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How to Write a Financial Aid Appeal Letter

Financial aid isn’t guaranteed to every college student who completes a Free Application for Federal Student Aid (FAFSA). You may be denied financial aid or offered far less than you expected. If this happens, you still have recourse—an appeal letter.

A financial aid appeal letter is a formal communication asking the school to reconsider its decision to deny or limit your financial aid, including grants, scholarships, and federal student loans. This letter doesn’t guarantee the school will reverse its decision, but it may help.

What to include in a financial aid appeal letter

If you’re considering writing an appeal letter because you were denied financial aid or received a limited award, you’ll want to include the following information. Try to keep your letter to one page or less. 

  • Personalization. Include the date, recipient’s name, and address at the top. This helps personalize your appeal.
  • Gratitude. Thank the financial aid office for the award offered (if any). If the school gave you a partial award, express gratitude for the assistance, however small it may be.
  • Explanation of circumstances. Explain why you require more financial aid. Break down the details of any extenuating circumstances or financial hardships your family may be going through. Give details as to why the aid is insufficient, and what you need the additional funding for.
  • Explanation of any changes. If your application was initially denied for reasons within your control (late assignments, failing grades, poor attendance), explain what has changed since your denial and how you’re remedying the issue.
  • Documentation. Include documents to support your need for additional assistance. Don’t forget any appeal forms or other paperwork your school requires.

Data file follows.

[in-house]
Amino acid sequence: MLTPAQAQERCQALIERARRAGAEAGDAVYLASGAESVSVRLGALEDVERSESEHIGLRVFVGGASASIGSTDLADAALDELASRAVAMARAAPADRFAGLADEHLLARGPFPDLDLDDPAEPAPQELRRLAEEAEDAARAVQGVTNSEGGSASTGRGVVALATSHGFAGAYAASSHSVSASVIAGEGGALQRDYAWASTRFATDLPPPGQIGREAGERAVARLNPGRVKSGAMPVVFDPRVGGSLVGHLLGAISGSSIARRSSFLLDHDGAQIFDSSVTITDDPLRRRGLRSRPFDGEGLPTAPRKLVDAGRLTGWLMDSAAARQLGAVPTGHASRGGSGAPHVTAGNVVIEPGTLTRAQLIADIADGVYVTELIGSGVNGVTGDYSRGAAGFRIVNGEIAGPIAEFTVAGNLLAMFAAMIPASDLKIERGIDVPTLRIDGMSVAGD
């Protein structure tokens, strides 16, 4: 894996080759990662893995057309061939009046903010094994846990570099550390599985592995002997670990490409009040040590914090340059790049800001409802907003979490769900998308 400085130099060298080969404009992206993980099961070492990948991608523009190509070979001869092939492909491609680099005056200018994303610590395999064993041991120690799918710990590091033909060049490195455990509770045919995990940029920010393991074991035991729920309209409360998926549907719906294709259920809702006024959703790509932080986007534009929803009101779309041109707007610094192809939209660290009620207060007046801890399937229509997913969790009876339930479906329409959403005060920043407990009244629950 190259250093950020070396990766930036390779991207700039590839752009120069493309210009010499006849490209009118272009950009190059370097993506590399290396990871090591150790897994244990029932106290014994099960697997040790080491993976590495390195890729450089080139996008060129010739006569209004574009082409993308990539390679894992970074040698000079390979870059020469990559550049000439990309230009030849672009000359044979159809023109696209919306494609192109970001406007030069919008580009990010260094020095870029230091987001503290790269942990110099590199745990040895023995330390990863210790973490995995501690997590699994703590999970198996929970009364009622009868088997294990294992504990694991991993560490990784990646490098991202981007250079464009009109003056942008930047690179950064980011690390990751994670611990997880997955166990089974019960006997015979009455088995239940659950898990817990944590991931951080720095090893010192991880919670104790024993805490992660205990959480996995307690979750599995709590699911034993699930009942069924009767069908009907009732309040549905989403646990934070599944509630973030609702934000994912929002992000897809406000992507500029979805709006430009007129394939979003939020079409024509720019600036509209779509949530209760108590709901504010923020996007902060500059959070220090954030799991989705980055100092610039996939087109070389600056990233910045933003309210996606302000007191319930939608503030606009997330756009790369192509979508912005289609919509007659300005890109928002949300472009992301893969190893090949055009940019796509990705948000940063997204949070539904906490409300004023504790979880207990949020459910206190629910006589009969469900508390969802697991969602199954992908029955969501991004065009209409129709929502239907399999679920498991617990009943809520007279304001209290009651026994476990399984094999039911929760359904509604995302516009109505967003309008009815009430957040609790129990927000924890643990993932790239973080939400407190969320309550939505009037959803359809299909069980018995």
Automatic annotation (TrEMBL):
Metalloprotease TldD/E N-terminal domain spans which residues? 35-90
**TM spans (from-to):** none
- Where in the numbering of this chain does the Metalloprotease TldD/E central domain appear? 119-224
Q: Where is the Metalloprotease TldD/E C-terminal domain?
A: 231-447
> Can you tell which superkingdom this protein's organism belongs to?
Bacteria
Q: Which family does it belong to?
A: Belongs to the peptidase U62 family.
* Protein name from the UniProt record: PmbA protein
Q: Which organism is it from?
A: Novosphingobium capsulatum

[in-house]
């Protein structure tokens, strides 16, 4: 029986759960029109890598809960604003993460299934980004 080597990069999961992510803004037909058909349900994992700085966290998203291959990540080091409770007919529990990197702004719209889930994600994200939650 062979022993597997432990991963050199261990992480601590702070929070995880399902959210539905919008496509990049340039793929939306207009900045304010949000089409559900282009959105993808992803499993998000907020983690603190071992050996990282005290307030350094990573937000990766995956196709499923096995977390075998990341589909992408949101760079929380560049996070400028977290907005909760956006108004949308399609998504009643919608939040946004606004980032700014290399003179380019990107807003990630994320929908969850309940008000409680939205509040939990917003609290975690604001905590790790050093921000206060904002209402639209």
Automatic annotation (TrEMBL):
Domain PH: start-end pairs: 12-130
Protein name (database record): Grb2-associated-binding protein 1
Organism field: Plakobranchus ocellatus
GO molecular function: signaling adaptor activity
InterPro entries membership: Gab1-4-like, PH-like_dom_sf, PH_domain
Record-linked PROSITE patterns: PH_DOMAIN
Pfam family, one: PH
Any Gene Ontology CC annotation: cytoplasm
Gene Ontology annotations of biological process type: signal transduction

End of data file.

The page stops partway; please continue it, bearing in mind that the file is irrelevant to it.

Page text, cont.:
• Closing and contact information. Sign off with your signature, typed name, and contact information. Make sure the financial aid knows who you are and how to contact you.

The sections below will explain how to write a financial aid appeal letter in these two scenarios:

  1. Writing a general financial aid appeal letter
  2. Writing a financial aid appeal letter for bad grades

How to write a financial aid appeal letter

Now that you understand how to structure your letter, here’s general insight into appealing your award. 

1. Contact the school to find out the process and where to send a letter

Your school’s appeal process may be different, so this is an important first step. Ask for the name and address of the proper recipient in the financial aid office. Putting an actual name on your letter (rather than addressing it “to whom it may concern”) can help personalize your appeal.

2. Determine how much aid you need

What will the aid you’re requesting cover? Do you need help buying specific supplies or paying course fees? Let the financial aid office know how you’ll use the money.

3. Gather any necessary documentation

Your school may require special documentation to file an appeal. For instance, you might need to include proof of any hardships or extenuating financial circumstances you’re experiencing, such as high medical bills or proof of a parent’s layoff.

If you have financial aid offers from other schools, you can include that information as well, asking your preferred school to match it.

4. Write your appeal letter

The appeal letter should be in your own words and voice. Take your time, make it personal, and be clear with your request. If possible, keep the letter to one page.

5. Submit your letter

Mail or email the letter to the appropriate financial aid representative. They may have many appeal letters to go through, so wait a few weeks before following up. 

Financial aid appeal letter example

Here’s an example of a financial aid appeal letter you can reference when writing your own—but avoid copying this sample exactly.

If you aren’t looking for advice on writing an appeal letter for poor grades, skip ahead to our section on tips for writing your letter.

Financial aid appeal letter example

How to write a financial aid appeal letter for bad grades 

Making satisfactory academic progress (SAP) is often a condition of receiving federal financial aid. SAP means a “C” average in your classes; otherwise, your financial aid may be restricted. 

If your grades fell due to serious extenuating circumstances, such as the death of a family member, a severe illness, or another hardship, you could file a SAP appeal with your financial aid office. Here’s what the process might look like.